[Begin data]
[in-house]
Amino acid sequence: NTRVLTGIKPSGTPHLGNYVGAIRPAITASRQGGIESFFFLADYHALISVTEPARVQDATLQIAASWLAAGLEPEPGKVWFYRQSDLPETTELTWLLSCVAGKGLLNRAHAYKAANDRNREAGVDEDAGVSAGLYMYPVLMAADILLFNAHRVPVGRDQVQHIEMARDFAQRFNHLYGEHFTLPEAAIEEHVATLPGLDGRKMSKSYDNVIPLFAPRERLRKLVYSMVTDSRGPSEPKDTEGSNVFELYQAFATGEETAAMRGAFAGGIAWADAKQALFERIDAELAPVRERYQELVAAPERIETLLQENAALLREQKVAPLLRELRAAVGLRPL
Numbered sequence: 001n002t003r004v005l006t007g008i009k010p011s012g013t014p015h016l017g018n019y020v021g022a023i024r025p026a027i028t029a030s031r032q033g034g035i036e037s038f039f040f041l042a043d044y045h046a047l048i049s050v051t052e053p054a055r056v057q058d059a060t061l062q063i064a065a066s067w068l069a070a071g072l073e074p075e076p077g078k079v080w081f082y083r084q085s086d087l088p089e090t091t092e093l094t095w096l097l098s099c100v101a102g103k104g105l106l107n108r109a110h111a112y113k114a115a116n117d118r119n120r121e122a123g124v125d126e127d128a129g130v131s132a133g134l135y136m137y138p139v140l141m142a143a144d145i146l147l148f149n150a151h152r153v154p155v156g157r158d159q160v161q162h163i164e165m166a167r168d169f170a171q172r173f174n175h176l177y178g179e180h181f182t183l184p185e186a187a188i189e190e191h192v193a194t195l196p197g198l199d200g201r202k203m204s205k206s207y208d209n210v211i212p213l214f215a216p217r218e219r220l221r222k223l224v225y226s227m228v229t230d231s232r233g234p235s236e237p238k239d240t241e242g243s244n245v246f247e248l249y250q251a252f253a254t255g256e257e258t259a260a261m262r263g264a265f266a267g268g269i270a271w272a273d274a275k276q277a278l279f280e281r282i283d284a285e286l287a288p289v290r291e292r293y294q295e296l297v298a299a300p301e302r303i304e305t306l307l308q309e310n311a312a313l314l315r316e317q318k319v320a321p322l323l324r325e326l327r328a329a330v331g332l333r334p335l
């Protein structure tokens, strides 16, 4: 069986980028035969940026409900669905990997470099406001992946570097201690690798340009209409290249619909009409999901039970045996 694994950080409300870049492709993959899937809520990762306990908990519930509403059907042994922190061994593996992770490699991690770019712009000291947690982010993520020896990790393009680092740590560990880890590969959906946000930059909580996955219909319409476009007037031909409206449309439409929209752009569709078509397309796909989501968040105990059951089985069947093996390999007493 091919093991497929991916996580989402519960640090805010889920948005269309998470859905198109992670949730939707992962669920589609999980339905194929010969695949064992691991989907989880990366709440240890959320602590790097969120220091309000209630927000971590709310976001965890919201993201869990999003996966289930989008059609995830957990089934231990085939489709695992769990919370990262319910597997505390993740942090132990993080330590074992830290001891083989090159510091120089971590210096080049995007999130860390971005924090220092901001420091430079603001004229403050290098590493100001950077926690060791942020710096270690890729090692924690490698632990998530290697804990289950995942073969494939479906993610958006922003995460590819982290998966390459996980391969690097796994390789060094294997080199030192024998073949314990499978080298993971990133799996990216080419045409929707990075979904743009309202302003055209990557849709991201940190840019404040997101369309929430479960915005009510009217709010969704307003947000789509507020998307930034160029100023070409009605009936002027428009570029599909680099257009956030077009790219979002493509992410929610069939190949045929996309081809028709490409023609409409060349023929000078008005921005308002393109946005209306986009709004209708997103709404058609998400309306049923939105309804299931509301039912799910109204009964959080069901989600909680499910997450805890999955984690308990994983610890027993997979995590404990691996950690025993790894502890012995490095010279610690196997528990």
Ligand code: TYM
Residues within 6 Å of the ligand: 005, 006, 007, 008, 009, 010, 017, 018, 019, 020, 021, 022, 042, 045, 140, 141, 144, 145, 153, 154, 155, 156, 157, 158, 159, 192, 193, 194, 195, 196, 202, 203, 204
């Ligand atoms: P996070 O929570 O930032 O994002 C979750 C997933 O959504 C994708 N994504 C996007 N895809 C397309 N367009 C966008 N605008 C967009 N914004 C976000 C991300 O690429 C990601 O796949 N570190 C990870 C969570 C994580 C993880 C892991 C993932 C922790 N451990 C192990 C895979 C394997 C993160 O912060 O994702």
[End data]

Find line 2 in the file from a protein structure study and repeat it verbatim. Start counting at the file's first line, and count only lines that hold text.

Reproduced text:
Amino acid sequence: NTRVLTGIKPSGTPHLGNYVGAIRPAITASRQGGIESFFFLADYHALISVTEPARVQDATLQIAASWLAAGLEPEPGKVWFYRQSDLPETTELTWLLSCVAGKGLLNRAHAYKAANDRNREAGVDEDAGVSAGLYMYPVLMAADILLFNAHRVPVGRDQVQHIEMARDFAQRFNHLYGEHFTLPEAAIEEHVATLPGLDGRKMSKSYDNVIPLFAPRERLRKLVYSMVTDSRGPSEPKDTEGSNVFELYQAFATGEETAAMRGAFAGGIAWADAKQALFERIDAELAPVRERYQELVAAPERIETLLQENAALLREQKVAPLLRELRAAVGLRPL